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Yes, even healthy newborns have a diversity of viruses in the gut - this is their virome (community of viruses), and it undergoes changes over time. In fact, the entire infant microbiome (community of microbes) is highly dynamic and the composition of bacteria, viruses and bacteriophages changes with age. One interesting finding is that initially newborn babies have a lot of bacteriophages (viruses that infect bacteria), but that these decline over the first two years of age. From Medical Xpress:

Viruses flourish in guts of healthy babies

Bacteria aren't the only nonhuman invaders to colonize the gut shortly after a baby's birth. Viruses also set up house there, according to new research at Washington University School of Medicine in St. Louis. All together, these invisible residents are thought to play important roles in human health.The study, published online Sept. 14 in Nature Medicine, reports data from eight healthy infants and is one of the first surveys of viruses that reside in the intestine. The investigators analyzed stool samples to track how the babies' bacterial gut microbiomes and viromes changed over the first two years of life.

"We are just beginning to understand the interplay between all the different types of life within our gut," said senior author Lori R. Holtz, MD, assistant professor of pediatrics. "They are not stand-alone communities. We also are seeing that the environment of the infant gut is extremely dynamic, which differs from the relative stability that has been shown in adults."The earliest stool samples were taken at 1-4 days of life, and even at this early time point, Holtz noted, viruses were present ...continue reading "Viruses Live in The Guts of Healthy Babies"

Exciting research in a new area - our trillions of viruses or virome. From the new research it looks like some of the viruses are beneficial to us and help keep us healthy. It's time to stop thinking of all viruses (and bacteria) as bad, but instead that some viruses are necessary for good health. From Science Daily:

Natural Gut Viruses Join Bacterial Cousins in Maintaining Health and Fighting Infections

Microbiologists at NYU Langone Medical Center say they have what may be the first strong evidence that the natural presence of viruses in the gut -- or what they call the 'virome' -- plays a health-maintenance and infection-fighting role similar to that of the intestinal bacteria that dwell there and make up the "microbiome."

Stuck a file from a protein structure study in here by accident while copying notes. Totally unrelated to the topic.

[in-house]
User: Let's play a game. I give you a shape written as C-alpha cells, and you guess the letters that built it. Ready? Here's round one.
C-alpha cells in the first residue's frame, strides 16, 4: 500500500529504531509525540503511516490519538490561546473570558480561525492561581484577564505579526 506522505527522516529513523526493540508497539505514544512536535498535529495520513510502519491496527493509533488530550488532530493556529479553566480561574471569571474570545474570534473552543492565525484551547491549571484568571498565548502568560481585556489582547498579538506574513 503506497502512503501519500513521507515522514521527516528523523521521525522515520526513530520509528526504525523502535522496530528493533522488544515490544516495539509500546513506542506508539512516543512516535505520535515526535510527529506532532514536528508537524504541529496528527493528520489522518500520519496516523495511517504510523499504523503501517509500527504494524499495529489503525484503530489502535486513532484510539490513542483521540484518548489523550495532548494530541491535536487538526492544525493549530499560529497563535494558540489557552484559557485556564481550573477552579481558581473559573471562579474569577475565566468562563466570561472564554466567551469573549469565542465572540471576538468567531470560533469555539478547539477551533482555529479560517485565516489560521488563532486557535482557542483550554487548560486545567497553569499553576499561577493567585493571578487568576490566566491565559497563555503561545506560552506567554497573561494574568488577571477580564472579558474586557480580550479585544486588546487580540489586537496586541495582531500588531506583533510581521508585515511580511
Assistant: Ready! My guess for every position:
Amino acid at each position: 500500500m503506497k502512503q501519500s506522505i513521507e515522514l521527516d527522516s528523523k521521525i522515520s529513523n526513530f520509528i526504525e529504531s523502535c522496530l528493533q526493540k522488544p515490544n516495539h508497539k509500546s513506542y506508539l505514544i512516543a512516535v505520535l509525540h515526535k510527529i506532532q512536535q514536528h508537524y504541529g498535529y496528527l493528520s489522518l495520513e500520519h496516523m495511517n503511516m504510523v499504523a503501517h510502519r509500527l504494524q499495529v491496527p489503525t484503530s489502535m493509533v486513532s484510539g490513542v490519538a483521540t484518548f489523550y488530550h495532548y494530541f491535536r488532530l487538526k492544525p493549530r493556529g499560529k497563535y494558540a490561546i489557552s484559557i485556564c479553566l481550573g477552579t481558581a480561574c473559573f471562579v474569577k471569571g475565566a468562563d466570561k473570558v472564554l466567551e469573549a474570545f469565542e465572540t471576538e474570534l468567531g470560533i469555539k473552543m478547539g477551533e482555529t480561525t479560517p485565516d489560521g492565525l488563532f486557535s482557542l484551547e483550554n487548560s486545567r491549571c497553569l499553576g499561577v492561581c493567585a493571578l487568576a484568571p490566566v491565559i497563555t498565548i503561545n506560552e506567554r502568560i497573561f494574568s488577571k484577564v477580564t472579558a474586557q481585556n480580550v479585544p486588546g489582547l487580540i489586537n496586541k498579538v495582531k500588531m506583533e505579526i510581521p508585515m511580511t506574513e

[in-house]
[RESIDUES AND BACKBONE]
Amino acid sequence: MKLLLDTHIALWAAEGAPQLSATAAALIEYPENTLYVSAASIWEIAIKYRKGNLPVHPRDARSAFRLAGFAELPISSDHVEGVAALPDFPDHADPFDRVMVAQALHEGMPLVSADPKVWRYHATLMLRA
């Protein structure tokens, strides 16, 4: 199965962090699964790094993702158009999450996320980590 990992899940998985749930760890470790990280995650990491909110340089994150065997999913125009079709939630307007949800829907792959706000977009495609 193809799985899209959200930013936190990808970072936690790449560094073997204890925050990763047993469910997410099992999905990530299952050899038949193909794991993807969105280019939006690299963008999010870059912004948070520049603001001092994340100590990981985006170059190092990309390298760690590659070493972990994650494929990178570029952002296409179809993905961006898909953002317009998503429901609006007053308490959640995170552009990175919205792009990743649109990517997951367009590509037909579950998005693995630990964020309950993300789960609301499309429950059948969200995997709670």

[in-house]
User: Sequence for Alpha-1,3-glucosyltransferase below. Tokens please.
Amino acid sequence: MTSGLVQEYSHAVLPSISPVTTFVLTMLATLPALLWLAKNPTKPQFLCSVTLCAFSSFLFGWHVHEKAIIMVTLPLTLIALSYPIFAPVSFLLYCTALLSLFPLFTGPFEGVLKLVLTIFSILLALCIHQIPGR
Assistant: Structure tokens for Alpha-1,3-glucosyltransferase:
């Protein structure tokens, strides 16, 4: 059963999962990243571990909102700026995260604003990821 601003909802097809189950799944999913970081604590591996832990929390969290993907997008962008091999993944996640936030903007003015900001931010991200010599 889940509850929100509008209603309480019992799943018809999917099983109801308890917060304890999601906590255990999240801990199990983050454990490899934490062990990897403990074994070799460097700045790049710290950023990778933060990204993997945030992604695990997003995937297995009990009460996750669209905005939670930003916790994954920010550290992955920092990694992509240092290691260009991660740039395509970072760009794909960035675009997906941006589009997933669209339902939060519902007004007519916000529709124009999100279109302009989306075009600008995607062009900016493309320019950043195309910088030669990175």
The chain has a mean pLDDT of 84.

In a series of experiments in mice that took two years to complete, the NYU Langone team found that infection with the common murine norovirus, or MNV, helped mice repair intestinal tissue damaged by inflammation and helped restore the gut's immune defenses after its microbiome had been wiped out by antibiotic therapy. In a report on their work to be published in the journal Nature online Nov. 19, researchers say they also found that MNV bolstered the immune system in fighting off tissue damage.

"Our research offers compelling data about the mutually supportive relationship between viruses and bacteria in the mouse gut and lays the groundwork for further research on precisely how the virome supports the immune system, which likely applies to humans, as well," says senior study investigator Ken Cadwell, PhD, an assistant professor at NYU Langone.

"We have known for a long time that people get infected all the time with viruses and bacteria, and they don't get sick," says Cadwell. "Now we have scientific evidence that not every viral infection is bad, but may actually be beneficial to health, just as we know that many bacterial infections are good for maintaining health."

According to Cadwell, until now, scientists have had mostly trace genetic evidence of a virome's existence, but none to confirm its normal presence in the gut or to clarify whether it plays a harmful, neutral, or helpful role.

What the NY Times had to say about this new area of research:

Viruses as a Cure

When we talk about viruses, usually we focus on the suffering caused by Ebola, influenza, and the like. But our bodies are home to trillions of viruses, and new research hints that some of them may actually be keeping us healthy.